Network September 2019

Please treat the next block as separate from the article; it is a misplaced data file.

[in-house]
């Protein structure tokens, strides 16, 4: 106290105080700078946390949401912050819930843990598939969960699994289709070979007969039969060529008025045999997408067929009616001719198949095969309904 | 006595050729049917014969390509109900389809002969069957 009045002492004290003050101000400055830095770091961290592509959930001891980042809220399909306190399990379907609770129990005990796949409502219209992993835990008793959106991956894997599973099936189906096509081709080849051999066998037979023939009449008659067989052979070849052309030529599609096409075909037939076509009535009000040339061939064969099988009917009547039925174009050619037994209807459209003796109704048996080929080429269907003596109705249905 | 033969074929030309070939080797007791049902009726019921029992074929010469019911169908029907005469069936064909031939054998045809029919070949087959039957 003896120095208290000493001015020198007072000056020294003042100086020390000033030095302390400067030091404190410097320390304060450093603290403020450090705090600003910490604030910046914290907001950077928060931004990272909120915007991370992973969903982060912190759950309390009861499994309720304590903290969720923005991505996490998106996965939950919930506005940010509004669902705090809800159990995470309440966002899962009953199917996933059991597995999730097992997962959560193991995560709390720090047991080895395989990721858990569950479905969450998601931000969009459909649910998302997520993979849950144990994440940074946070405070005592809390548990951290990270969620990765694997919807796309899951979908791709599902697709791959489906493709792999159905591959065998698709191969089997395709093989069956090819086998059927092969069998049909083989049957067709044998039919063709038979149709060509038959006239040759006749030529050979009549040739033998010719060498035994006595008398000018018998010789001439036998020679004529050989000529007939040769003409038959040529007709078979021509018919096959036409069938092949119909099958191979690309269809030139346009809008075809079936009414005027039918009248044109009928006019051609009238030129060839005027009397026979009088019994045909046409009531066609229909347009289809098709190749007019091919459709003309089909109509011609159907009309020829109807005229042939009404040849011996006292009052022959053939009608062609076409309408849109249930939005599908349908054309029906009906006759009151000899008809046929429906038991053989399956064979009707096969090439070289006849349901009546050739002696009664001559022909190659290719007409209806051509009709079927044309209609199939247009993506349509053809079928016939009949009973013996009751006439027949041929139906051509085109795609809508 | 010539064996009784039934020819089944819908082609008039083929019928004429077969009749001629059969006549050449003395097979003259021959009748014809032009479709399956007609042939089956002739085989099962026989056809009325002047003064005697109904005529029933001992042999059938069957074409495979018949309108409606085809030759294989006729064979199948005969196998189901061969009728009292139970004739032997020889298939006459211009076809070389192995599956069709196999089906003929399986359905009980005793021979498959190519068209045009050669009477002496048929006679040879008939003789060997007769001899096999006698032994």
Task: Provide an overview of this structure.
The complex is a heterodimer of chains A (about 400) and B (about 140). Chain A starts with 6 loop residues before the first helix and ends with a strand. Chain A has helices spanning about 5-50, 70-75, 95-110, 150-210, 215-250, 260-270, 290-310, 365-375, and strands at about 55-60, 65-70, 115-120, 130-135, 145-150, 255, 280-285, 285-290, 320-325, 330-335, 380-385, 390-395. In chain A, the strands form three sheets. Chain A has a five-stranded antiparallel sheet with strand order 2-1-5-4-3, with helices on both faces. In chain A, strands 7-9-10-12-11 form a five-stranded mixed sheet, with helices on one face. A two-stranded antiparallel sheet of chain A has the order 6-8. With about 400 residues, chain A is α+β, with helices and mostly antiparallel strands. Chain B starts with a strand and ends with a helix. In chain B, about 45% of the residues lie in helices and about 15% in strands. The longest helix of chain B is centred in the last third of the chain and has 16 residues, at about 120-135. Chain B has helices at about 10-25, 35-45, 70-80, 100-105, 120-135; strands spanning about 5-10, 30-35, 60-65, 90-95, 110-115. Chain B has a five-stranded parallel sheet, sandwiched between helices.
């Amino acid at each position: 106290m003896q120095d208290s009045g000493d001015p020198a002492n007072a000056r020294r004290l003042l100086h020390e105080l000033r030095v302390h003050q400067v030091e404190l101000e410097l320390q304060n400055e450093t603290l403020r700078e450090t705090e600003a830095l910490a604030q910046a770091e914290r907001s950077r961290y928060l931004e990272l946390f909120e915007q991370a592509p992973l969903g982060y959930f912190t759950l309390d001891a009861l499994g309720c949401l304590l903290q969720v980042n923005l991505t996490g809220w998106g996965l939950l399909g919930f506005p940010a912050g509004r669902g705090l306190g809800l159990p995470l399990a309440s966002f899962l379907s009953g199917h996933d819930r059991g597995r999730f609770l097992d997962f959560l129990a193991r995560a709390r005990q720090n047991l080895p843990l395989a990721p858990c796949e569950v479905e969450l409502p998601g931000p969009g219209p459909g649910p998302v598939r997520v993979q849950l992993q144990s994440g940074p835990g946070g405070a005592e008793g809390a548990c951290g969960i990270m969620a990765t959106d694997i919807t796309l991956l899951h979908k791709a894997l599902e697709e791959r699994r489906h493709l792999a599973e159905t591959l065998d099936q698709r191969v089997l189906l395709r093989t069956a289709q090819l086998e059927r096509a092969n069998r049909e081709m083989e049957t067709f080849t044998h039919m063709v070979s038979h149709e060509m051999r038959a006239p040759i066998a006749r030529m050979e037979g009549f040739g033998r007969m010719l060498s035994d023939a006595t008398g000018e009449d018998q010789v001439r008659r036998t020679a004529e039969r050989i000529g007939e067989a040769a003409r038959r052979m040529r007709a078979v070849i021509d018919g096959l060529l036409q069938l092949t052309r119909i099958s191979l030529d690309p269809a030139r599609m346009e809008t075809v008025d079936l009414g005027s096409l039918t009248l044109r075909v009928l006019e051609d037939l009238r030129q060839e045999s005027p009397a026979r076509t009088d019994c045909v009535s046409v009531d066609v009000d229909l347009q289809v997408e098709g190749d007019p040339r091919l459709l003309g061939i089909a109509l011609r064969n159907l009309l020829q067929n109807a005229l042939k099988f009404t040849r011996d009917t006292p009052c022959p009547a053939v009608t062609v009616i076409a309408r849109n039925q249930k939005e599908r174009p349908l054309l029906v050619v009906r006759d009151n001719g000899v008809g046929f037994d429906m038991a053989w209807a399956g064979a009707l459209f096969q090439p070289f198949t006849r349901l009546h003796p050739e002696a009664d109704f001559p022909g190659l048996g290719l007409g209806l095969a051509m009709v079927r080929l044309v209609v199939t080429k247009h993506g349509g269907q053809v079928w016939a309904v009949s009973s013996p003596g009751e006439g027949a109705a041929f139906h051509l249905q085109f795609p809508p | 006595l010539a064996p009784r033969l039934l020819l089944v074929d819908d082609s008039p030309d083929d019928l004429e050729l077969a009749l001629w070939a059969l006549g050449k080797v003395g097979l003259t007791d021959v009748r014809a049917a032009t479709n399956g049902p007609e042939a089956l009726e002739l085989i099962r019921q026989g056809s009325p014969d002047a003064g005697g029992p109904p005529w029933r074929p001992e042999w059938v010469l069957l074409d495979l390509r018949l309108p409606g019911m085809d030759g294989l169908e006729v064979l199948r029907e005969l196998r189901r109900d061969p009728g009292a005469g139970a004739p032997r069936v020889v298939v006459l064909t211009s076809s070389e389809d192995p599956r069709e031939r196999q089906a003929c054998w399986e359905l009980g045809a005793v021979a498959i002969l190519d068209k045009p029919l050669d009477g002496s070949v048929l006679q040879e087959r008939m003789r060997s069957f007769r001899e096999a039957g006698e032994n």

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NETWORK / 37 / SEPTEMBER 2019 Making our fleet greener is an additional benefit. Managing charging We believe that the UK's net- works are already well placed to support the mass adoption of EVs. A typical electric car might consume 10kWhrs a day. If that demand is spread across the day and the country, and if charging is managed properly, distribution networks – at least in Northern Powergrid's service area – will be able to meet the extra demand from EVs with minimal new investment. However, if we don't properly manage charging and we allow it to be concentrated at particu - lar times of day, or in places with limited capacity, EVs will disrupt our networks, making peak demand more difficult to manage and adding cost to the system. But we are more ambitious than simply avoiding a problem. We want our customers to be able to extract the maximum value from their vehicles and use EVs (and other energy as - sets) to provide flexibility to the system, help manage energy supply, and make the electric- ity supplies to their homes and businesses more resilient at times of stress. They will be able to help keep their own, and their communities', lights on. We think this is important to help move to lower carbon energy sources, but also to max - imise affordability and wider sustainability. If we can harness the energy in EVs to provide energy storage for a wider energy system, we will need less expensive, resource-intensive dedicated storage, and fewer carbon emitting peaking plants on our system. That's why we're calling on industry, regulators and policy makers to act now to ensure our energy system is prepared to cope with the demands and embrace the opportunities of the EV transition. In order to deliver this, we must first solve the EV charg - ing jigsaw. Where should we charge? How should we charge? How can we manage mass charging at peak times? From a network perspec- tive, by far the best answer to that first question is to focus on home, work and destination charging. This typically lower rate charging will enable net- work operators to better manage peak charging times and delay expensive network upgrades. Car manufacturers also tell us that lower rate charging is better for the EV and its battery. For long distance journeys or for those without off-street parking, rapid on-route charging has a role but should be comple - mentary to home charging and not constitute the bulk of EV infrastructure. Drivers would also benefit in this scenario. Imagine leav - ing the house every morning with a full tank of petrol – how o•en would you have to drive to a traditional petrol fore - court? Almost never. The same principle can be applied to EVs. As they become common place, everyone with a charger at home will leave each morning with a full tank, therefore reducing the need to fill up with more expensive, less convenient, and less sustainable rapid chargers. Slower charging can actually save you time. Infrastructure is key The government strengthened the case for this argument even further by requiring all government funded EV home and workplace chargepoints to be smart by July this year. National Grid predicts that 75 per cent of EVs could be using smart charging by 2050. Smart charging allows chargepoints to respond to network demand and lets customers choose when to charge. For example, the charge - points can be programmed to only turn on when energy is at its cheapest. This cuts bills for the customer and reduces peak demand, allowing network operators to manage the grid more effectively. This process reduces peaks of electricity demand, reducing the need for new generators, and minimises DECARBONISATION OF TRANSPORT the strain of charging EVs on the electricity system, reducing the need for new electricity network infrastructure. All this keeps costs down for consumers. Taking this one step further, Northern Powergrid supports the Government's recent deci - sion to legislate that all new homes must be built with EV chargers as standard. 2 The cost benefits of providing this infrastructure at the new build stage – rather than expensive retrofitting in the future that may require roads to be dug up – cannot be overstated. This is especially pertinent as we undergo one of the most rapid home building exercises in our history in order to tackle the ongoing housing crisis. DNOs like Northern Power - grid are in the perfect position to provide reliable advice to planners, developers and local authorities if this legislation were to be introduced. In fact, we're already doing just that. Earlier this year, we launched a series of local authority events, providing a platform for local authority employees in our ser - vice area to come together and explore the pressing issues they face around installing EV charg- ing infrastructure. We're also in the process of developing a new online, self-service tool to give near-instant budget estimates for new EV charging connec - tions. It will guide users to the most cost effective and realistic connection option i.e. where suitable capacity is available on the distribution network. Some local authorities have been given hands on access to try out the tool already, giving us valu - able feedback as we prepare to roll out the tool more widely. Using existing technology and network assets, such as EVs, to support the grid and postpone expensive network upgrades is the cornerstone of Northern Powergrid's DSO vison. However, this can only be done if EV charging is properly managed. By encouraging home and destination charging, while minimising costly, energy inten - sive en-route rapid charging, we can not only cope with mass EV adoption, we can keep charg- ing costs as low as possible. Moreover, by ensuring that these chargers are internet con- nected, we open ourselves up to an intelligent and manageable EV charging system that's able to create a resilient customer- centric network, minimising the need for expensive network up - grades and helping to increase the share of renewable energy on the grid. These policies would culti - vate a resilient, smart, renew- able and affordable energy network and distribute the ben- efits of EVs to all in society, not just the privileged few that are able to afford the new technol- ogy. Policy makers should make these changes today to proac- tively prepare our energy system for the coming wave of EVs. References: 1. National Grid: Fu- ture Energy Scenarios 2019: http:// fes-2019.pdf 2. ment/news/electric-car-charge- points-to-be-installed-in-all- future-homes-in-world-first